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An Unfair Game: Standardized Testing Ruins a School's Spirit

Anthony Cody

Science Coach and mentor, Oakland, California
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This is my third blog post here at, so maybe it is time to introduce myself in the actual style of a blog and explain a bit about what my goals are in doing this.

If you have read my earlier posts, you will have noted that my main theme is the limitations and dangers of the high-stakes-testing mania that is consuming our schools. I realize this theme is a limited one, and I hope to venture into other areas in future posts, but for this week, I am going to go meta and try to explain why I return to this topic time after time.

I taught middle school science in Oakland for eighteen years, and I have worked for the past three years as a teacher coach. When I started my career in the late 1980s, students took standardized tests in math and English in the spring each year, and we were concerned about our test scores even then. We participated in something called the Mid-City Writing Project, associated with the University of California at Berkeley's Bay Area Writing Project, which had us integrating different forms of writing across the curriculum.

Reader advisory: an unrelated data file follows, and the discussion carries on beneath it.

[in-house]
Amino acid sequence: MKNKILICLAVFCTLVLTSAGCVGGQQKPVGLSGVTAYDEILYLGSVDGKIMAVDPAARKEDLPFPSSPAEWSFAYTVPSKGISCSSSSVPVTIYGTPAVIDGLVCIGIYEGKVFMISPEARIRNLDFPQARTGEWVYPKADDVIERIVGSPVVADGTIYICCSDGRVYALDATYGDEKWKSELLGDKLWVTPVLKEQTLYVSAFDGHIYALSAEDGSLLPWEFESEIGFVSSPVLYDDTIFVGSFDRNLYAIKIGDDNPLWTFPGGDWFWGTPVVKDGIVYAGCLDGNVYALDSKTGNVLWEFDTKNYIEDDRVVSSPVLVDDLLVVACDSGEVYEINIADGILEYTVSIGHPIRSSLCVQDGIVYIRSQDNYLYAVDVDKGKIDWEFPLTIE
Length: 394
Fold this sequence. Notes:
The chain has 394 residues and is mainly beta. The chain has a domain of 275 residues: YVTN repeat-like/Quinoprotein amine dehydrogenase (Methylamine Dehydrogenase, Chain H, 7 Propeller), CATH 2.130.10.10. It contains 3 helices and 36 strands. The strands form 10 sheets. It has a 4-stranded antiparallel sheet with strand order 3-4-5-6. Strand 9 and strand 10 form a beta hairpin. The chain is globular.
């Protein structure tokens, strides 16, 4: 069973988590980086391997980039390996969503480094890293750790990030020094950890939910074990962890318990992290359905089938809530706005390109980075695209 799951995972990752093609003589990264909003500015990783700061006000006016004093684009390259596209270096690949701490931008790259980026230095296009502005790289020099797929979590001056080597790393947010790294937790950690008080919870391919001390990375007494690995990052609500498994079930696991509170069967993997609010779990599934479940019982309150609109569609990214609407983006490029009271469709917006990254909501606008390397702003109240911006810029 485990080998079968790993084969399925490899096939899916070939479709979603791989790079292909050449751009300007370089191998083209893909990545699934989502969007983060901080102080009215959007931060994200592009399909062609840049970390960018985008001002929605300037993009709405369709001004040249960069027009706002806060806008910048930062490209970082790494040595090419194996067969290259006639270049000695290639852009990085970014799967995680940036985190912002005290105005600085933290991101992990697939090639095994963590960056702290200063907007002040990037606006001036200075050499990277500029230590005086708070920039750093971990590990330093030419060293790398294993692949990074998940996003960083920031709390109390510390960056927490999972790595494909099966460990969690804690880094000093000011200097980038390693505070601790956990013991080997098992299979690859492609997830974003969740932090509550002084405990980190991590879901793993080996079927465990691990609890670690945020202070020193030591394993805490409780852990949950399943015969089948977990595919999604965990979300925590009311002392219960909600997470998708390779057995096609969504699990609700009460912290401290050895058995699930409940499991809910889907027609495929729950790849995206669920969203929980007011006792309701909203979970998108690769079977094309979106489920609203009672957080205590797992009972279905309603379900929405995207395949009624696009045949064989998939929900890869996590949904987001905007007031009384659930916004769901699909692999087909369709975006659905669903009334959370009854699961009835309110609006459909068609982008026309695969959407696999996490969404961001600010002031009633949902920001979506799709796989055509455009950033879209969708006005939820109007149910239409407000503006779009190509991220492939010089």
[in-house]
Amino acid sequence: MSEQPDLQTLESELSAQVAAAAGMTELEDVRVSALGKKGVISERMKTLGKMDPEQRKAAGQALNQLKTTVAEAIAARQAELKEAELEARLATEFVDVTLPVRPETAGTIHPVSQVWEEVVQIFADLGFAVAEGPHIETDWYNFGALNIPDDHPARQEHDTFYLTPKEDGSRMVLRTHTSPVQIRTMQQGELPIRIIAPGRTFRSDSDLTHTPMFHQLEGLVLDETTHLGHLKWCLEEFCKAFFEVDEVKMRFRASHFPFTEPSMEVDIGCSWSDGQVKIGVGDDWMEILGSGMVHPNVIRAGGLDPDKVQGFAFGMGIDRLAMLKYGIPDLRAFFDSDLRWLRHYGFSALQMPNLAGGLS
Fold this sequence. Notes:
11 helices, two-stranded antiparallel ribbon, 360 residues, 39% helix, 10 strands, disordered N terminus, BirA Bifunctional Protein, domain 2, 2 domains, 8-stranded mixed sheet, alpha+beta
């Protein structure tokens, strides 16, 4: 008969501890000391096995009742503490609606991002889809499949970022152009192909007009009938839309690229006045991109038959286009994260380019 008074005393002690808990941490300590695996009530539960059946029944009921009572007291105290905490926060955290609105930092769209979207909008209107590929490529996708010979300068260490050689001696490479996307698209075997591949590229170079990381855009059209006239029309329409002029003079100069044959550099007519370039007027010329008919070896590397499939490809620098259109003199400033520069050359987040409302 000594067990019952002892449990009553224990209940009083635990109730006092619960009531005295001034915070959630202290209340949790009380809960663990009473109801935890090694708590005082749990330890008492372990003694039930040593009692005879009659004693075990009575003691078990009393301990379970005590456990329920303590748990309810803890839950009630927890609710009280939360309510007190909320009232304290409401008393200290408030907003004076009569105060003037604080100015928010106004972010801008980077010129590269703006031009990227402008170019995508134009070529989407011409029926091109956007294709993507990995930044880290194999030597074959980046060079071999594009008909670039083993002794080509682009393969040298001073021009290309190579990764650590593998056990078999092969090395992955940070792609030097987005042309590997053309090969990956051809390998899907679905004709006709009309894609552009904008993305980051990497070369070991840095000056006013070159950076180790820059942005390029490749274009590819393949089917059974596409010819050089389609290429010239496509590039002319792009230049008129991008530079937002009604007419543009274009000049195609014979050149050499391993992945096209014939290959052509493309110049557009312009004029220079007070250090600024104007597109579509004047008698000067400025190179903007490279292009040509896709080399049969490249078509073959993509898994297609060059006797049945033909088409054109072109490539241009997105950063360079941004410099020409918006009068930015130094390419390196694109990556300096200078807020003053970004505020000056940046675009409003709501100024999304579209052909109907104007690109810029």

We were gratified when student scores rose in the years that followed. But we were not obsessed with those scores. Our school was not under the sword of closure if our scores did not rise. We were committed to the students we worked with, and that was more than enough motivation to be creative and to work hard to get them excited and engaged in learning.

In the subsequent decade, we had a good principal who hired strong teachers, and we worked together well as a team. We saw our test scores continue to rise, although as an urban school with a large population of students from poor households, we had challenges. In the years between 1999 and 2002, our students were coming to us as sixth graders scoring in the low 30th percentile range, but when they took their tests as eight graders after three years with us, they had moved up to nearly the 50th percentile compared with other students in the state.

But the laws we were facing changed. A decade earlier, others would have recognized our students' rising scores as a sign of success. But in 2001, No Child Left Behind passed. It decreed that every subgroup in a school had to improve, or the government would consider the school a failure. Of course, we wanted to help all our students, but we were among the most diverse schools in the city: We had whites, African Americans, Latinos, and Asian Americans -- no group was a majority. According to NCLB, if just one of these subgroups did not improve, the whole school failed.

The first year of this regime, our scores went up overall, and our African American students improved the most. But our Latino students dropped by a few points. We had received a large number of immigrants who spoke little English, but they had to take the test along with everyone else -- no excuses! The next year, our overall scores improved again, but the scores of our Asian American students, who were already performing at a very high level, stayed the same. They didn't decline, but they didn't improve, either, so the government once again panned our school. We began to see that this was a game with rules that would never allow us to win.